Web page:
0779625932 info@rhifug.com

Key Issues

What we do

Sickle cell disease is an inherited blood disorder affecting red blood cells. Normal red blood cells contain hemoglobin A. People with sickle cell disease have red blood cells containing mostly hemoglobin S, an abnormal type of hemoglobin. The abnormal “S” hemoglobin causes red blood cells to become sickle-shaped (crescent-shaped), and have difficulty passing through small blood vessels. There are several different types of sickle cell disease; the most common types are sickle cell disease(SS disease), sickle hemoglobin C (SC Disease), and sickle-cell beta thalassemia (Sß+ or Sß0 disease)

Women Empowerment

Women and girls make up the majority of the 1.4 billion people living in extreme poverty. At RHIF, we are committed to ending poverty — by attacking its root causes, not only its consequences.

In practice, this means that we can’t just build a school — we must ensure girls’ rights to education. It means not only providing HIV and reproductive health information, counseling and testing, but also fighting for every individual’s right to be free from abuse or violence.

We are committed to uncovering and transforming the political, social and economic relationships at the heart of poverty — our work to improve the health and well-being of women and girls is critical to that fight.

Globally, one out of three women will be beaten, coerced into sex or otherwise abused in her lifetime. We offer support and services for victims and educate community members to prevent further violence.
In the last 30 seconds, 13 girls under the age of 18 got married. And not happily. Child marriage is a gross human rights violation that keeps girls out of school, endangers their health and sentences them to a lifetime of poverty.


Maternal and child survival. Water access. Family planning. HIV and AIDS education. Our community-centric health programs are critical to lifting families out of poverty.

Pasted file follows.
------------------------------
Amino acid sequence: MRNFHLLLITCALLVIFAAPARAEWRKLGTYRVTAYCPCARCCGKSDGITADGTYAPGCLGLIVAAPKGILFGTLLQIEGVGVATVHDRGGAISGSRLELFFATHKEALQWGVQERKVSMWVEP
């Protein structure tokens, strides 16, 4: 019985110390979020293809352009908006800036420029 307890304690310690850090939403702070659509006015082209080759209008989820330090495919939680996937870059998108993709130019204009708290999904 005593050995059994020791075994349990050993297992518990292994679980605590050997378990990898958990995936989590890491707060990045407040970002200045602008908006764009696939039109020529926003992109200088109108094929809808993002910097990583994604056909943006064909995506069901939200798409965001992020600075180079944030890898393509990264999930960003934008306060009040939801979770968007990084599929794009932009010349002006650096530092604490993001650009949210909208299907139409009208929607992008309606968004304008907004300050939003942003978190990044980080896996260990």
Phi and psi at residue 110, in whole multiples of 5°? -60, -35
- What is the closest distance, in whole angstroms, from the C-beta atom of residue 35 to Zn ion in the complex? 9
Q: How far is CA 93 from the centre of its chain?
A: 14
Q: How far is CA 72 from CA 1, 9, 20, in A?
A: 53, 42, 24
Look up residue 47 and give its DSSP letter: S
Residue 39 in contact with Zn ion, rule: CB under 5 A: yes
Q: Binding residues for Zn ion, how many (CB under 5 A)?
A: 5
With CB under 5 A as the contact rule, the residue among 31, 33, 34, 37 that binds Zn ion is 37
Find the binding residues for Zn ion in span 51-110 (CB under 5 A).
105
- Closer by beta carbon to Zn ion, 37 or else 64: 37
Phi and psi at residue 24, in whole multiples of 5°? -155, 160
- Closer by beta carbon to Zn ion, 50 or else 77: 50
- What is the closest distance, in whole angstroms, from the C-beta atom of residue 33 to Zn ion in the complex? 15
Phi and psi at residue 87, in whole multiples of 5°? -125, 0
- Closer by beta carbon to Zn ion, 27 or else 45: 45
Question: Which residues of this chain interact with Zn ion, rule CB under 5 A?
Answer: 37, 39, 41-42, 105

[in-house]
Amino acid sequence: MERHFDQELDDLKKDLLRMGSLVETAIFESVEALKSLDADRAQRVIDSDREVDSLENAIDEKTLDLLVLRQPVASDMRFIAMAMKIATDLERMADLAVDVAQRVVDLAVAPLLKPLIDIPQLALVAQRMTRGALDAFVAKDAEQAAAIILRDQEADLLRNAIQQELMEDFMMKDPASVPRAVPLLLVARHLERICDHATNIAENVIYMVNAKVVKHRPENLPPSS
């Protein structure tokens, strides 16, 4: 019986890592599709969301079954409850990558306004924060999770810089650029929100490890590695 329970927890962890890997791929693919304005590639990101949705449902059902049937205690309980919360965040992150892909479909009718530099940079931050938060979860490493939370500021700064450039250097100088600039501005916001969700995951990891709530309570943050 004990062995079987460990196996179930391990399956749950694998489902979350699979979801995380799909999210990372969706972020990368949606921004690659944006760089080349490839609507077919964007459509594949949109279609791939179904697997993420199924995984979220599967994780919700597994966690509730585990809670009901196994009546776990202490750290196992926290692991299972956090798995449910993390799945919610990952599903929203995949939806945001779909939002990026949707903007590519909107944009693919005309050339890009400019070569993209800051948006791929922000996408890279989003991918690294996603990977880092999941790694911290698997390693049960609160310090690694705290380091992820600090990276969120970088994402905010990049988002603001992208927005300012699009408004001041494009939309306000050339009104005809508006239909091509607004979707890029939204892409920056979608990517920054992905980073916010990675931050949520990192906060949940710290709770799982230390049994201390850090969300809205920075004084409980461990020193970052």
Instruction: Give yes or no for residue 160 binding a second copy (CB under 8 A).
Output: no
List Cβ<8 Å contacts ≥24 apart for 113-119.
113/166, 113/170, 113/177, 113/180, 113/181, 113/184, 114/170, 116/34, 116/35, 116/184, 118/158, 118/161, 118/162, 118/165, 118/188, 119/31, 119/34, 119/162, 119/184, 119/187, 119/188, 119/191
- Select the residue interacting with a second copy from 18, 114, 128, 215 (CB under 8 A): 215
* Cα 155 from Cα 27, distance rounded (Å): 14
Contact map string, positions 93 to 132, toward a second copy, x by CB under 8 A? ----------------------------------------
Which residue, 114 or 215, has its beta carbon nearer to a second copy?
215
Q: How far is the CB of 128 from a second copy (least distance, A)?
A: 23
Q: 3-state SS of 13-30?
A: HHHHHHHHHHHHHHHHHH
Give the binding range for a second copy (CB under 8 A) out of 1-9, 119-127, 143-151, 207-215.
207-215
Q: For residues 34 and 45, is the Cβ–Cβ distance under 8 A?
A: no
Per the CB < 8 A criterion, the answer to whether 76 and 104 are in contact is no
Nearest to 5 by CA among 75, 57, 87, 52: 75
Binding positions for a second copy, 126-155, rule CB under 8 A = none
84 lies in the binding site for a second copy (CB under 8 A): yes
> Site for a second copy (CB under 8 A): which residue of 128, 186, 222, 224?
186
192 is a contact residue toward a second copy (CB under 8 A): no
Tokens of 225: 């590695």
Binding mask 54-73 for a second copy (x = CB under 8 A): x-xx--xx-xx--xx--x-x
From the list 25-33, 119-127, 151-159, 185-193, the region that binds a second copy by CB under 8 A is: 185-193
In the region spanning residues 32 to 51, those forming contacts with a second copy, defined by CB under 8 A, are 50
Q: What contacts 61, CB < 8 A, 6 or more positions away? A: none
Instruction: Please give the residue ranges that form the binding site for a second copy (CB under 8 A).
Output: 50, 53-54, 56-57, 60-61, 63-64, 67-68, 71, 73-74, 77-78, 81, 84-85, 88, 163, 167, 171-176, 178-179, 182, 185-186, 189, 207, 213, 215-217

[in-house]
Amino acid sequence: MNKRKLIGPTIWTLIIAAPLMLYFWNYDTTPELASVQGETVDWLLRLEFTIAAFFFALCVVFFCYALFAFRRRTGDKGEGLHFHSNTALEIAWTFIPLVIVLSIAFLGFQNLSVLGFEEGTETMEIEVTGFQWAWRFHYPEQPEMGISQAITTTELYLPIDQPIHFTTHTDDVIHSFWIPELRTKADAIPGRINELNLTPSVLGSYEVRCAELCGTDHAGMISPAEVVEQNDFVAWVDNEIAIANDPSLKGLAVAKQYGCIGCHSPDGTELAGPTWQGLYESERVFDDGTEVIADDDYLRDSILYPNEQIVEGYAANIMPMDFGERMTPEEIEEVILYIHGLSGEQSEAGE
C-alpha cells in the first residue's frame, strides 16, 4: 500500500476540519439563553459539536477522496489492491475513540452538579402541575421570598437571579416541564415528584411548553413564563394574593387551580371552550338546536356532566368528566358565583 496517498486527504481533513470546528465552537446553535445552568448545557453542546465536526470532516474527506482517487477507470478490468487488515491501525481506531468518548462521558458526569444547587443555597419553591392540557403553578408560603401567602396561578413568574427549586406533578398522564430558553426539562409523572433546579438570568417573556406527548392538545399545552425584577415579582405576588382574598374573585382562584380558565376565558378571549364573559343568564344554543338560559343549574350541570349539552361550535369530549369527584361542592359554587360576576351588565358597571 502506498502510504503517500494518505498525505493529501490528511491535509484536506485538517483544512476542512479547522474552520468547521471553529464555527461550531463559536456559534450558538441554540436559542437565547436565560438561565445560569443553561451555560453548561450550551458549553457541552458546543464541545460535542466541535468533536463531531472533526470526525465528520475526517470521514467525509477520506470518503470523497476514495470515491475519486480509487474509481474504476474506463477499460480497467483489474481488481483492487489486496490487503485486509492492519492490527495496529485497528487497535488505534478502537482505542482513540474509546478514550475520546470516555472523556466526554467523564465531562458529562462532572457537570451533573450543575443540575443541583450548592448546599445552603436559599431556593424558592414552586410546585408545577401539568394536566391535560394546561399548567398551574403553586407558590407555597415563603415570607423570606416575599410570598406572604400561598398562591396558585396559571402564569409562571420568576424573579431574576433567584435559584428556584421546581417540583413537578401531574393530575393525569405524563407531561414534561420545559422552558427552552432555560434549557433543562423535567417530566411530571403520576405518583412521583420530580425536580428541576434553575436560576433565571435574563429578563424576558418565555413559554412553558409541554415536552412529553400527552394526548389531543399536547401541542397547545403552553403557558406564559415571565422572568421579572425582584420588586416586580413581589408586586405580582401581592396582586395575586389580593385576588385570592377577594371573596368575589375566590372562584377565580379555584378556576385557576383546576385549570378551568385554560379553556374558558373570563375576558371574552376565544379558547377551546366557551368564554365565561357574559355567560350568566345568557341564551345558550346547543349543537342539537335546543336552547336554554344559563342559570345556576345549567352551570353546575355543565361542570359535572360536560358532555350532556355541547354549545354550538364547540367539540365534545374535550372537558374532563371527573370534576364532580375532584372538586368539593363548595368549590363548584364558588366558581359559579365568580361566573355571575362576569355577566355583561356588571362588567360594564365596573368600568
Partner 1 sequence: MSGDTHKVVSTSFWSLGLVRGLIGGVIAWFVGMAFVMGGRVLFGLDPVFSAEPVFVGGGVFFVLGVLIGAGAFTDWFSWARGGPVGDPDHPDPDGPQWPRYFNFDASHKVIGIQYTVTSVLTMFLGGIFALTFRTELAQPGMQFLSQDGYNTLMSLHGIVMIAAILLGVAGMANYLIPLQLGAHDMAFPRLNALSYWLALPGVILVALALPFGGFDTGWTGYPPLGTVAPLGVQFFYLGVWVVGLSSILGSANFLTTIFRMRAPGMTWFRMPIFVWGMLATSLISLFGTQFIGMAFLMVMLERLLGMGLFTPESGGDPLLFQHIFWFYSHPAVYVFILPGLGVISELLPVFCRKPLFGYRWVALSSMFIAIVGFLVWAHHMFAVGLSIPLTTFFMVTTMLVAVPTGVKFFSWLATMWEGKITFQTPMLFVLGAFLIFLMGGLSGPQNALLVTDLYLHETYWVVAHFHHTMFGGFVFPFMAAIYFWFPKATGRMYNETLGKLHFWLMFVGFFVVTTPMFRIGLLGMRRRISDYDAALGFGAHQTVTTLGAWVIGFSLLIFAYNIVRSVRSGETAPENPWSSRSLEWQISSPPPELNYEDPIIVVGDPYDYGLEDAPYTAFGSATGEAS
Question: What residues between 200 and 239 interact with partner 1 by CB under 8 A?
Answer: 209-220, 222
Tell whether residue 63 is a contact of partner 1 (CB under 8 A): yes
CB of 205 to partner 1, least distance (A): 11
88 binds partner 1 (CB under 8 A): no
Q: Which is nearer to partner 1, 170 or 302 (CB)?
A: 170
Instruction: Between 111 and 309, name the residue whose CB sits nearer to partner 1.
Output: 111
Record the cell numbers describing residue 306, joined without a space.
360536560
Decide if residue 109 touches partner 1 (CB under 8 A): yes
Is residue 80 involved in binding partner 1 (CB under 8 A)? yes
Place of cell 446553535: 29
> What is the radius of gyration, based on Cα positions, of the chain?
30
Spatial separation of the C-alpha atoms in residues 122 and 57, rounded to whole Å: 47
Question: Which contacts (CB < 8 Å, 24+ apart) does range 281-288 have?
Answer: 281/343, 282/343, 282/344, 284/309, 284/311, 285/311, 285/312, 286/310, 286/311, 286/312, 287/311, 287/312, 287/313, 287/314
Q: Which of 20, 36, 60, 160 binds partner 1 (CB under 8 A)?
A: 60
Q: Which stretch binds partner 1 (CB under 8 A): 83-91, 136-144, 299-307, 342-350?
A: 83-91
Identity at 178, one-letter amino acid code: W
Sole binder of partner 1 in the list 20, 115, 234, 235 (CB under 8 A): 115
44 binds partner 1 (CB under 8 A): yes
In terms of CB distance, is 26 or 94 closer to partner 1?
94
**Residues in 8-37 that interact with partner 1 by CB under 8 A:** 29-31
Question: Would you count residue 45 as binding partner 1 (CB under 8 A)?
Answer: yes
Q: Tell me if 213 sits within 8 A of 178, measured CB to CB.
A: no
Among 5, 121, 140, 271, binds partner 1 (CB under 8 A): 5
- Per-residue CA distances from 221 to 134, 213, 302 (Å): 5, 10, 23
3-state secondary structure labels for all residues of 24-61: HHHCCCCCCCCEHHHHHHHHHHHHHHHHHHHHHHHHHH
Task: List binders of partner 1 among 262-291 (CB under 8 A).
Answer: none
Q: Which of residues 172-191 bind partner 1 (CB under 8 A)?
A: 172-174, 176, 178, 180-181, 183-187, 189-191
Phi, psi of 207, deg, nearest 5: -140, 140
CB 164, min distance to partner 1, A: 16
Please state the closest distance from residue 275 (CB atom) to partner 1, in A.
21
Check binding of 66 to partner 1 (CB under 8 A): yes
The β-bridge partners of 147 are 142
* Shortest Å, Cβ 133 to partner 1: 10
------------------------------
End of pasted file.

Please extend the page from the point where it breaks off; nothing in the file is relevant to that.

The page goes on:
A wide array of interventions have been included n maternal and child health and nutrition, sanitation, homestead food production and income generation.

When women and their partners have access to family planning information and services, everyone benefits. Maternal mortality rates drop, children are healthier and incomes rise
Each year, almost seven million children under age five die due to malnutrition, poor maternal health and diseases like malaria. We train health workers, educate parents and distribute needed supplies to keep children healthy.
Water can change lives. Because our work helping communities access clean water and sanitation isn’t just about reducing the risks of illness. It also saves time that can instead be spent on activities that improve livelihoods.
More than seven million HIV+ people have no access to treatment — and half of all new infections occur among women. We offer education, support, treatment and prevention services to combat the pandemic and help affected families.


When you invest in education, children will pay it forward. Equipped with knowledge and confidence, they will grow up to lead healthier, more productive lives.

We train teachers and other school personnel to improve the quality of education while linking education programs to interventions in health, nutrition and livelihoods to better address the reasons children don’t attend school. We also help communities assess and overcome their unique barriers to learning.

Of the world’s 1.8 billion youth aged 10-24, 90 percent live in developing countries. We provides job training, mentorship and other services to ensure they grow into healthy, productive adults.
School gives girls a chance at life, especially in areas of the world where child marriage, early motherhood and poverty are the only other options. We work to remove obstacles keeping girls from leading healthy, empowered lives.

Child Rights & Equity

Children are born with the same dignity, citizenship and rights as adults. This compels World Vision, along with partners and governments, to seek the progressive fulfilment of those rights.

Children experience poverty differently than adults do because of their vulnerability and lack of legal and economic status in society. How children are doing, in all aspects of their lives, reflects the overall health and development of the family, community and society they live in.

A thriving society values all children, especially the most vulnerable, and upholds their human rights.

Ready to Support RHIF?

Your donations will sponsor an event that raises awareness about sickle cell disease and help to save the next generation from the ailment.

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